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Lessons Learned on an Agile Project

Lately, the Agile Project Management approach has become very popular, and it seems that everyone is a scrum master. Here are lessons learned on an Agile project for every project manager. Now I have to disclose to you that I am not a certified Agile PM. I’m sort of a fan of the traditional approach, but more and more, Agile is taking over. What I would like to share with you today is a bit of a lessons learned from my first Agile project. Project Methodology Main PageLessons Learned on an Agile Project

First of all, Agile PM does not mean that we don’t have to plan, or that we can slack off on documentation. On the contrary, I want to warn you not to underestimate these two aspects of project management. When I was asked to take over one of our “projects in distress,” the project was three month behind schedule and the cost to implementation ratio was deep in the red. Our consultant had sold the idea of Agile PM and my company followed it. For the first three months of the project developers were talking to functional users and going through implementation cycles. The users rejected the implementations because something was missing or incorrectly implemented. Needless to say, there was not much documentation available. So when I took over this is what I did:

1) Organize a user training program about Agile Project Management. Being a newbie to Agile myself, I reached out to my colleague who had experience in Agile PM and we organized user training about this topic. We explained how Agile works, what we expected from users in terms of user story documentation, and what we would expect from our consultants. It turned out that this was a very important step because most of our users had no idea what a sprint was (gathering people involved in the project to focus on its development) and what was expected from them. Agile Project Management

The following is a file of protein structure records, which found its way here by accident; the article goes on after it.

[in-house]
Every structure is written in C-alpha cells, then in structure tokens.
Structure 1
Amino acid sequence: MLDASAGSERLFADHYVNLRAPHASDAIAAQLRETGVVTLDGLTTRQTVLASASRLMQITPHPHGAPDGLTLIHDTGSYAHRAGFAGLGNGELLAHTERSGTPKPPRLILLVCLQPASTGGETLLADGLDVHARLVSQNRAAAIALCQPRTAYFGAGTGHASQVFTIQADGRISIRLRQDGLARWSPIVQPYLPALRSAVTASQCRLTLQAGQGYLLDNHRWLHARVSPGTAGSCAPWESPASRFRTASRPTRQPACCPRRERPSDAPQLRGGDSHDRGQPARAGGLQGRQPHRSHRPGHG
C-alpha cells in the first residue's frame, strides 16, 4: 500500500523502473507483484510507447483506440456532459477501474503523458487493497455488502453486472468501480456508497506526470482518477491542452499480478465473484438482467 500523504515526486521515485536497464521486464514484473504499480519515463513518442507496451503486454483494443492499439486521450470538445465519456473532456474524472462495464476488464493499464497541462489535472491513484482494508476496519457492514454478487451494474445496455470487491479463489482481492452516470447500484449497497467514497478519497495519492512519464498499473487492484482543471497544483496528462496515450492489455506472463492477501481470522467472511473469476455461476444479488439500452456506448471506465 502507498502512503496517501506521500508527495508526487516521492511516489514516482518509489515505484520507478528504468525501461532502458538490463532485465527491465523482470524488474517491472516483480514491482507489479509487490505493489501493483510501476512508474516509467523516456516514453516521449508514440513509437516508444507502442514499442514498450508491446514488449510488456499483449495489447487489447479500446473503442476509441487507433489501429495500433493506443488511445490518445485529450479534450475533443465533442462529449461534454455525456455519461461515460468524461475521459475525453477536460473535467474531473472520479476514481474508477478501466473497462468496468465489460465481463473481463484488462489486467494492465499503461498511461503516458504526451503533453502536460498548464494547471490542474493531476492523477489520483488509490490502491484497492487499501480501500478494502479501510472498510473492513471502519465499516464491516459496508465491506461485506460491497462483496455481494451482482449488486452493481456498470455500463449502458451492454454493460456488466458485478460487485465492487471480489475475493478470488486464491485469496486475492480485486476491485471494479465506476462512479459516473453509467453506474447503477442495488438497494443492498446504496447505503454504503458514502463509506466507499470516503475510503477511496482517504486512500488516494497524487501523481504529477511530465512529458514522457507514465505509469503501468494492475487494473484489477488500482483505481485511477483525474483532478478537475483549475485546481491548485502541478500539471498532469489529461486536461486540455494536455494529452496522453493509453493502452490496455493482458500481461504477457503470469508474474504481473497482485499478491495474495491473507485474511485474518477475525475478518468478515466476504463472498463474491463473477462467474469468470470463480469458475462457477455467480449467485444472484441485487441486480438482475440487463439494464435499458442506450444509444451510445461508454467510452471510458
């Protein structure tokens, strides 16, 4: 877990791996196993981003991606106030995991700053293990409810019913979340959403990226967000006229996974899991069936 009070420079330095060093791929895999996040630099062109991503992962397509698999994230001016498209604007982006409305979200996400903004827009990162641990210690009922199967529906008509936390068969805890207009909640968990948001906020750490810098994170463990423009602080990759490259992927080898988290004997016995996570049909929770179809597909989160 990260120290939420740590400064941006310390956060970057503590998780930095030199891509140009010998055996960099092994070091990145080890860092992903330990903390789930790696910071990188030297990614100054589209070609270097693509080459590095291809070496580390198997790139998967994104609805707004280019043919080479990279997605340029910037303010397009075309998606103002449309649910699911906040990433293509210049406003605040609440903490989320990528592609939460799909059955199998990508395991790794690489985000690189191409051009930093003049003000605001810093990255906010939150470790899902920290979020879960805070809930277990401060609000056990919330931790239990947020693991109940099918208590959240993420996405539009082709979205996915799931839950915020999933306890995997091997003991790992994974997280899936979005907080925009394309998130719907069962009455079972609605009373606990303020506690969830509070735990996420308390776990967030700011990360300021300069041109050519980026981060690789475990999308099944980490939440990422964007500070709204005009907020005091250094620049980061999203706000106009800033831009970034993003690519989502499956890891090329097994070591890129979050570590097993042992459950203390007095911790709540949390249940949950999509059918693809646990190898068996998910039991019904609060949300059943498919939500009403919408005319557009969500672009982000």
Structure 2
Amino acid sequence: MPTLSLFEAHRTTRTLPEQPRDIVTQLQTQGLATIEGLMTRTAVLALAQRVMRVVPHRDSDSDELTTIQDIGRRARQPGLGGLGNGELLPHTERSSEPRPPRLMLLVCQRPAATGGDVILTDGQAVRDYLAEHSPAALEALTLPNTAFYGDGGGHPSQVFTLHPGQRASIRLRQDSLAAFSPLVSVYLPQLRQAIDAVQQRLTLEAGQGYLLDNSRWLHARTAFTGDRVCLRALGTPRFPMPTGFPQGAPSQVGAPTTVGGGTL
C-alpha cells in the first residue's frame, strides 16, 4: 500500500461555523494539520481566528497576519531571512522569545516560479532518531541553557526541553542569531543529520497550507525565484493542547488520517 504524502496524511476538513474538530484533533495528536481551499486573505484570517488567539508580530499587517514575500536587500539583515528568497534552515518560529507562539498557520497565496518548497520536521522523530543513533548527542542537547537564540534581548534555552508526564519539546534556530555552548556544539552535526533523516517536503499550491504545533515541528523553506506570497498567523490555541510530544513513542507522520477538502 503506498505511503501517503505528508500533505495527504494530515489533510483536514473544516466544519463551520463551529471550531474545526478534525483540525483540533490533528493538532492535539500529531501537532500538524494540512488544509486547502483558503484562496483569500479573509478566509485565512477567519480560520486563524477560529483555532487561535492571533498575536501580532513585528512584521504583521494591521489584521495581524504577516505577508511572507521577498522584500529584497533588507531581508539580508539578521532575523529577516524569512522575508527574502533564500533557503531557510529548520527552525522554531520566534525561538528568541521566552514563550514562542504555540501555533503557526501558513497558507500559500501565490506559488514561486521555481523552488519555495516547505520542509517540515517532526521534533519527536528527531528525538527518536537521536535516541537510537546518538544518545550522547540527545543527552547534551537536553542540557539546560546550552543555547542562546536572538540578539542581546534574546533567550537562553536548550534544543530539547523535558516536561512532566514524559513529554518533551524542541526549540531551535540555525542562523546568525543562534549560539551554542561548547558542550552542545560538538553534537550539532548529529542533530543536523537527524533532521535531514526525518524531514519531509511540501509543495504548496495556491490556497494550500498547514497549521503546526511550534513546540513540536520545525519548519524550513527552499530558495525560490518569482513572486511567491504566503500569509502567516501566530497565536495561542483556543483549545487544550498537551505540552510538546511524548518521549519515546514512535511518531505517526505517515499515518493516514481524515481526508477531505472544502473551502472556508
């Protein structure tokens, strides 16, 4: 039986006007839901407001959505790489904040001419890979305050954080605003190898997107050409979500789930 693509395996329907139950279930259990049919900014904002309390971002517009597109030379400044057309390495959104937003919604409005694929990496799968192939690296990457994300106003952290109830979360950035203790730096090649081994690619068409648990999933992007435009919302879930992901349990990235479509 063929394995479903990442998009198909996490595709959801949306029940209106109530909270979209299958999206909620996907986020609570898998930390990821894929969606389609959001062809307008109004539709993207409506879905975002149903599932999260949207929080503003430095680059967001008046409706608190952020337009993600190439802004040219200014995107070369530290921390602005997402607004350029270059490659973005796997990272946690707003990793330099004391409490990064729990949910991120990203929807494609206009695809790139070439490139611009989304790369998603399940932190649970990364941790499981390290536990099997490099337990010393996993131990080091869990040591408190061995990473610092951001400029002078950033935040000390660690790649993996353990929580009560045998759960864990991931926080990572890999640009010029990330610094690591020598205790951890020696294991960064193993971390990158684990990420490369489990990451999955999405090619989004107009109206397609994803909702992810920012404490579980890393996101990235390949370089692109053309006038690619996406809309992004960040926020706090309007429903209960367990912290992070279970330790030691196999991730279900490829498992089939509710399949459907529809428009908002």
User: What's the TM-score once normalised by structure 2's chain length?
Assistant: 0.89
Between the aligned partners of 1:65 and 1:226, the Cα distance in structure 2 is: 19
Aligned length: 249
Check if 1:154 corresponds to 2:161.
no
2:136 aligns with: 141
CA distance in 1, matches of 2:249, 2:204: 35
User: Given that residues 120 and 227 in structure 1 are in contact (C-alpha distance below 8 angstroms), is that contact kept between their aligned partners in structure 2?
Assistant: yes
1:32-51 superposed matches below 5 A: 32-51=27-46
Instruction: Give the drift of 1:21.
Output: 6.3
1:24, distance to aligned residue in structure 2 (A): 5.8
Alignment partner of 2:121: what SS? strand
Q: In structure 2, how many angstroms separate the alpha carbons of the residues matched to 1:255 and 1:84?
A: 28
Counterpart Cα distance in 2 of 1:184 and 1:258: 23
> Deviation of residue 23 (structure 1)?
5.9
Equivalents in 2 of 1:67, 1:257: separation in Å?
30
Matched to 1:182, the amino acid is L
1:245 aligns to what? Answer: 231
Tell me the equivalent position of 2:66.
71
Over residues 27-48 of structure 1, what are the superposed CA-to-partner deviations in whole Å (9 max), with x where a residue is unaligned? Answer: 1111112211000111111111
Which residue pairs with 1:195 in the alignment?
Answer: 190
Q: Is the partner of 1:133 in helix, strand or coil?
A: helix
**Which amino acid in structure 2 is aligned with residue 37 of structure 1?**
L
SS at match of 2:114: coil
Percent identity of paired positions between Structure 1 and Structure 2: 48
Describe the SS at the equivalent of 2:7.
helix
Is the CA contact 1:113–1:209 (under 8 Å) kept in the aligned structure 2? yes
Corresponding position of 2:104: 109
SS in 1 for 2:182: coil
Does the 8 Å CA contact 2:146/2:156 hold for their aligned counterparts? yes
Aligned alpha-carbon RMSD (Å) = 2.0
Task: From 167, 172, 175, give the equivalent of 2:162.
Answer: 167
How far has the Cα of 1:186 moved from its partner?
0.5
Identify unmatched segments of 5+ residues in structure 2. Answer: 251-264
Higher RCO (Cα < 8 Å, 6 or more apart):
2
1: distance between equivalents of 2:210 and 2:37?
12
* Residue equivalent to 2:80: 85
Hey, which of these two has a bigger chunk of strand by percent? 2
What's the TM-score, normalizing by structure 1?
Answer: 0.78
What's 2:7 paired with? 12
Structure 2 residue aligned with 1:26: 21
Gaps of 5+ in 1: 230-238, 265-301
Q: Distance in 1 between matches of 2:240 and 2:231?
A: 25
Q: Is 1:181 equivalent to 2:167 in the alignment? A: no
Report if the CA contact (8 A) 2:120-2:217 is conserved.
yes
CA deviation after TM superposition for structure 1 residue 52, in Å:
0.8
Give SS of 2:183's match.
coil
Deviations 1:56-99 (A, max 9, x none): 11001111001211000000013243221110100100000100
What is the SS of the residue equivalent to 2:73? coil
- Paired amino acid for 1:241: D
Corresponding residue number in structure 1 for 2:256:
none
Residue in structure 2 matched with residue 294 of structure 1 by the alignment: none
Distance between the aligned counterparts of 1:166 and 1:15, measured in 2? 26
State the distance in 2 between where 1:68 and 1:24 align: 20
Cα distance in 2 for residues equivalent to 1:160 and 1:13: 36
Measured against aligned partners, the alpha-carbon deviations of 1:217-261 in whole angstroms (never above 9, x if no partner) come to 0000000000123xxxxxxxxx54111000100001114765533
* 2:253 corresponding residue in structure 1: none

2) Using elements from the traditional project management approach, I redefined and documented the sprint cycles, communications plan, and general project structure. As a result, each sprint now required an official sprint scope document that clearly outlined which topics were in the scope for the sprint. Moreover, I established clear deadlines for submission of user requirements and specifications. The goal was to establish a fair environment for both the functional users and the developers. I expected the users to tell me what they needed, I asked for agreement between functional users and developers on what was possible in a sprint, and I expected the agreed-upon scope to be implemented.

3) If you work in implementation sprints, it is easy to loose sight of the big picture. So I created a diagram that visualized the expected project objective and all user stories had to contribute to that goal. Project scope must be managed all the time.

Using elements from traditional project management, my colleague and I were able to turn that project around and I’m quite confident that we will end it with success. So what are the lessons learned? Even if you are not a certified Agile PM, you can manage an Agile project. Many aspects of a traditional project management approach should be used in Agile too. Planning might be a little different under Agile but it is still necessary. And so is scope management, communications management, procurement management, and cost controlling.

Until next time.

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